Ian makes a very good point in the What Is Classic Banjo section, a point which is said over and over in different ways. And that is that the banjo as a cultural artifact is less significant than the banjo as a musical instrument. The banjo is as viable *now* as it was *then*. No one ever asks why we should eat "outdated" food such fruit, vegetables, or meat. 

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I cannot claim any credit for the "What is Classic Banjo" section as it was written by Mike Moss with additions by Tony Thomas.

The page has been on the site for quite a while, but may have been under the title F.A.Qs

Too busy at the moment to chat, as the website update is still underway and this involves a considerable amount of programming. Jody may notice that the font has changed  during the course of the upgrade.

:-)

May I suggest to Mike then, that he keep that point and all the other good points in there but perhaps edit the caricature of "the general stereotype" of what classic banjo is since it represents nothing but the imaginary views of an imaginary opposition. 

I seem to have a poor memory for fonts but I am now finding the site to be easier on the eyes than it was yesterday.

The Banjo DJ is great!  Thank you for the downloadable tutors. Etc Etc Etc. wow. very impressive stuff and very useful too.


thereallyniceman said:

I cannot claim any credit for the "What is Classic Banjo" section as it was written by Mike Moss with additions by Tony Thomas.

The page has been on the site for quite a while, but may have been under the title F.A.Qs

Too busy at the moment to chat, as the website update is still underway and this involves a considerable amount of programming. Jody may notice that the font has changed  during the course of the upgrade.

:-)

Hi Jody,

Ian asked me to write that a while ago, and he is, of course, free to edit/publish/remove it as he sees fit. If anyone wants to have a go at writing it or any other content for the site, he is free to do so.

In what concerns me, however, I'll stand by what I wrote. I would edit out the "imaginary" bits, if only books and documentaries such as "Echoes of America: A History of the 5-string banjo", which reflect such attitudes, would indeed become "imaginary". In the above example, for instance, and unless my memory fails me, the narrator sums up the classic banjo style in such disparaging terms as an "unhappy marriage of the banjo with classical (sic) music", or that "it doesn't sound like a banjo" after playing a clip of the late Mary Koons playing some music.

As you undoubtedly know, most banjo players know very little about this style, and what little information they do get usually comes from such popular and accessible sources. You'd be surprised at how prevalent these views are among those who only know a little about classic style.

I know exactly the comment you refer to. It was particularly disappointing because the playing of Mary Koons is very beautiful in that clip. Those are the views of the narrator only, not of a large group of people. You are summing up his views well here in this discussion but are distorting it and mocking it on the official web page where you have characterized the views of one man as a "general stereotype" and in which literally everything you have written (in that one paragraph  –the rest of it is good —)  is an unfair and untrue characterization of both the views of Appalachian banjo partisans and of the general public.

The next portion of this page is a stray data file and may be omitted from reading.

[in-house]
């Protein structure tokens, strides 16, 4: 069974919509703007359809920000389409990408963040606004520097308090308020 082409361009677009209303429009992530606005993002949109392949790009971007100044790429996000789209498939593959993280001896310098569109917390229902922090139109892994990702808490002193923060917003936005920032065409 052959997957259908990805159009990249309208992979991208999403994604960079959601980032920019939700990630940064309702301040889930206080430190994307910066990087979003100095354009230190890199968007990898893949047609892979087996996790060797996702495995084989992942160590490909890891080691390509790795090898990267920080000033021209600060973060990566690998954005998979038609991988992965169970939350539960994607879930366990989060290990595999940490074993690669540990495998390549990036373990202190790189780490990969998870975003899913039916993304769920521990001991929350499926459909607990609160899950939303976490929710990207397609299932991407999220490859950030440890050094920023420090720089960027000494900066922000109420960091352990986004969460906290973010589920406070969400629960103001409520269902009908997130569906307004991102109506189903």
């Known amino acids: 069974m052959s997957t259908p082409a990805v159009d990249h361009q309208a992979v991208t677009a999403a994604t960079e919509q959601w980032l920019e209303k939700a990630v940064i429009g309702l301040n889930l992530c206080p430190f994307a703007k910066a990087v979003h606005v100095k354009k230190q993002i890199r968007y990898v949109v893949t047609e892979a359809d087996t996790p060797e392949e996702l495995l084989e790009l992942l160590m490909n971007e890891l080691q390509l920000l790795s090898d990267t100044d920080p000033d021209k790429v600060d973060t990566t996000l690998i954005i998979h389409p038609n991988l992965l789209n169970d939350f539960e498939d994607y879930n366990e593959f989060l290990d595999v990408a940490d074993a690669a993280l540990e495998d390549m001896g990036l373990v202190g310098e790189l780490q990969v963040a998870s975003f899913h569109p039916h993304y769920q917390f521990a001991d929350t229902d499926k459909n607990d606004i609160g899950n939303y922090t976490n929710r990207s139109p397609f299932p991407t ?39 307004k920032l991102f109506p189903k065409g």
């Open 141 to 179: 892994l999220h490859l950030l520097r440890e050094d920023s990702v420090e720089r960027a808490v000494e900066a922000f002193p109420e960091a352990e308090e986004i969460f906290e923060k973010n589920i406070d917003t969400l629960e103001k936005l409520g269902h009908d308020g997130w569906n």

The general opinion of SS Stewart is "who"?

The general opinion of classic banjo is "what's that?".

I have been around banjo players of all sorts for nearly 60 years in both the USA and the UK and have never heard the opinion that classic banjo people were greedy, or snobs, and especially, that all the banjos belonging to  Appalachian people were confiscated and then later returned to them several decades later. That's absurd,  and it sets a belligerent tone which does no favors for the cause of Classic Banjo. As I've said before on this forum, ascribing false negative characteristics to perceived rivals and then claiming to be free of these characteristics is not the way forward for classic banjo.

The truth of the matter is that there *was* an attempt by Stewart et al to "elevate" the *image* of the banjo, but not from a hillbilly image, but from a blackface minstrel image. The purpose of this attempt was commercial. The aim was to sell more banjos and more expensive banjos by targeting a new demographic, and opening a new market: people with money to buy a better banjo.

Here is the passage to which I'm referring:

"the general stereotype goes something like this:
 
Back in the late 1800s, the banjo – an essentially rural instrument – was ripped from the hands of poor, illiterate hillbillies by evil, greedy snobs such as Samuel Swaim Stewart, who proceeded to try and make the banjo a high-class, classical instrument by re-spelling its name to “banjeau” and other such dastardly shenanigans. Of course, this unhappy marriage of the banjo and classical music did not last, and by the 1920’s the banjo was once again free to roam in the Appalachians, where honest, illiterate folks could get back to transmitting ancient, oral banjo traditions."

 



Mike Moss said:

Hi Jody,